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I liked this short article because these cognitive glitches need constant reminders. And reflecting on them is like a quick refresher course. Long articles are good too.

Long sentences need to be broken up with short ones, too. Thanks for this short one, and for all of your helpful insights and writing. ☺️🙏

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Jan 27, 2023Liked by Gurwinder

Very helpful. In my experience, knowing these pitfalls doesn’t prevent falling into them. One must renew one’s efforts along these lines.

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Brilliant writing, and such well framed perspective! This is the stuff I wish would be in some of the leading magazines.

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I don't know how I feel about all this rationalism. When you get down to it, it doesn't seem like top performers like athletes and fighters and politicians think in this way. I think they view the world very intuitively and care not one whit for cognitive biases. I wrote something semi-related to that here:

Triumphalism and Defeatism

https://squarecircle.substack.com/p/triumphalism-and-defeatism

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author

It really depends on what you wish to achieve. Truth is not a major concern for athletes, fighters, or (especially) politicians. But for those who are concerned with truth, there's no better path than rationality.

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Maybe not to perform their jobs, but everyone lives in the world day to day. Arguments with spouses, deciding on a budget, driving in traffic (! )...

Unless these professionals live in a climate-controlled bubble. IMHO, it’s about self awareness and learning which is foundational to a well lived life.

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Yeah, but there's a caveat: the truth is Infinite. The quest for truth is neverending. And if you don't figure out a way to make the truth you are finding cash out into something that helps people, then that truth is fundamentally just farting in the brain (which may be fine, but in moderation!)

https://squarecircle.substack.com/p/the-real-and-final-enlightenment

Take this article. To whom is it a major concern? I'm not even sure that scientists need to read this. Hell, a lot of the major historical scientists sound like downright mystics. And if scientists don't need this, who does? You can read the book The Matter With Things for more on this and a ton of other stuff (https://www.amazon.com/Matter-Things-Brains-Delusions-Unmaking-ebook/dp/B09KY5B3QL).

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author

Infinite or not, truth is valuable because it improves the accuracy of our model of the world, allowing us to make better decisions and predictions. Sure, some truths are useless, but the ones relating to the way we form beliefs, such as those I've delineated above, are crucial to consistently avoiding delusion.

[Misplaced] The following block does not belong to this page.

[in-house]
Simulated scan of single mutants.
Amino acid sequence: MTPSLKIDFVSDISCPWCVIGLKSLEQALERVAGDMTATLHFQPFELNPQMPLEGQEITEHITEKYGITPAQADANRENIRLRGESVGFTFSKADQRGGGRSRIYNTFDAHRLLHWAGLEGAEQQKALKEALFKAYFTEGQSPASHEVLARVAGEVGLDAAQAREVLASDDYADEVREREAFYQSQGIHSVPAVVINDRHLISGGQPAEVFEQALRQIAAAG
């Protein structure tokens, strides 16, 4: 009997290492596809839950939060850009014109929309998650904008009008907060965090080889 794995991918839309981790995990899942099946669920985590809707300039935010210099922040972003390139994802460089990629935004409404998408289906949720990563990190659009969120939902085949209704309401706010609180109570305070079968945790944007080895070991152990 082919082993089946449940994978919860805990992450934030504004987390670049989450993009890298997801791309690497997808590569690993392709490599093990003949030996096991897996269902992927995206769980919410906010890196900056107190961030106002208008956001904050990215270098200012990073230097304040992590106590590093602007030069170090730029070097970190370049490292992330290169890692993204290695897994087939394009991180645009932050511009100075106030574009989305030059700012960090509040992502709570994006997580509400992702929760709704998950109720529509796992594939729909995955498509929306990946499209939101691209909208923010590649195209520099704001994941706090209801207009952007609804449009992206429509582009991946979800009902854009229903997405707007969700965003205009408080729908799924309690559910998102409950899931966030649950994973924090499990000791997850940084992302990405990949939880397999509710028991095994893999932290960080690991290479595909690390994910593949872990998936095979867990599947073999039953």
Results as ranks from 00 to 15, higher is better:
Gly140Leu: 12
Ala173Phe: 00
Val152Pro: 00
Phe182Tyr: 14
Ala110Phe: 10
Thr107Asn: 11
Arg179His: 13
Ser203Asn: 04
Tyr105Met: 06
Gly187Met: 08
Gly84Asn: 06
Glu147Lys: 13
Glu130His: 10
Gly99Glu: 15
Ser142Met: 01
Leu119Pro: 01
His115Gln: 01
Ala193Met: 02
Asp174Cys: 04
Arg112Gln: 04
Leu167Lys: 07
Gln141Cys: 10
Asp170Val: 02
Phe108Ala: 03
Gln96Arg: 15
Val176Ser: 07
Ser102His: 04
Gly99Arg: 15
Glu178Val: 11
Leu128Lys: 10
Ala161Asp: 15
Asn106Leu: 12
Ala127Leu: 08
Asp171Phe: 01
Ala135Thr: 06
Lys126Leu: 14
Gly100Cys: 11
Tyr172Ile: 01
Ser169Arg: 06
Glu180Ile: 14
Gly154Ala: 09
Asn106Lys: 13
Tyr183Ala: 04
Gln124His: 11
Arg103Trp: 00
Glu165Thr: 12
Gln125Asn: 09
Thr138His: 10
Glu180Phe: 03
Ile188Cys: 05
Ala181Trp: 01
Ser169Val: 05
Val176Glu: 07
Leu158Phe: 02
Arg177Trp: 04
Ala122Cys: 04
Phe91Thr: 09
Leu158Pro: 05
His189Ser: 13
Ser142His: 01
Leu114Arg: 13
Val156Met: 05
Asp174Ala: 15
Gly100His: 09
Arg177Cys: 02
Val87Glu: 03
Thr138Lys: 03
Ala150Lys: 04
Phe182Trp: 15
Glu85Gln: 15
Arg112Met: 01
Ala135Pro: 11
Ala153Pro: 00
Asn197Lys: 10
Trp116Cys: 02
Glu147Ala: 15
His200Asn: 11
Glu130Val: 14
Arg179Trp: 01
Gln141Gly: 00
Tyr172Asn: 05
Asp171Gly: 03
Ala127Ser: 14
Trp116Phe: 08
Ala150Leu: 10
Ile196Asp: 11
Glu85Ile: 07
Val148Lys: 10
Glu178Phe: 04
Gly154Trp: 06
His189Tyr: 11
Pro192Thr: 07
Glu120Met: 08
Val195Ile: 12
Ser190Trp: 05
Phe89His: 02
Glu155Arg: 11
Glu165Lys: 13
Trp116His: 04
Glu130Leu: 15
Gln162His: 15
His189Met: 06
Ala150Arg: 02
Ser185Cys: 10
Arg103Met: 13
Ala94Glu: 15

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Do scientists train themselves on avoiding cognitive biases? I'm not sure, but I think they don't go farther than double-blind. And if it's not useful to scientists, then... But I'll think on it some more. I guess I reject it because it doesn't fit into my worldview, but I don't have a real non-dual insight if I can't deal with pairs of opposites like this.

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Errors are costly in real life. Truth matters. It matters less whether you can achieve it than that you respect it.

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Yes, but intuition is also a valuable, even crucial, source of truth, and going on a neurotic quest to purge yourself of cognitive biases doesn't train your intuition. Again, the high-performers don't use this, so how useful can it really be? Why aren't the people who have supposedly gone farthest on seeing through bias (the rationalists) running the world?

And errors may be costly, but they are not fatal. You can definitely survive and learn from mistakes, which is one way to train your intuition.

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Thank you.

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The Dunning-Krueger effect is bullshit. It was just bad math. But it’s popular because it’s an emotionally satisfying idea to the highly educated. Not only are the uneducated ignorant, but they don’t even know they’re ignorant. It’s just not true, though.

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Stick to the crazy long reads. Don’t get “brainwashed by your audience.” ;)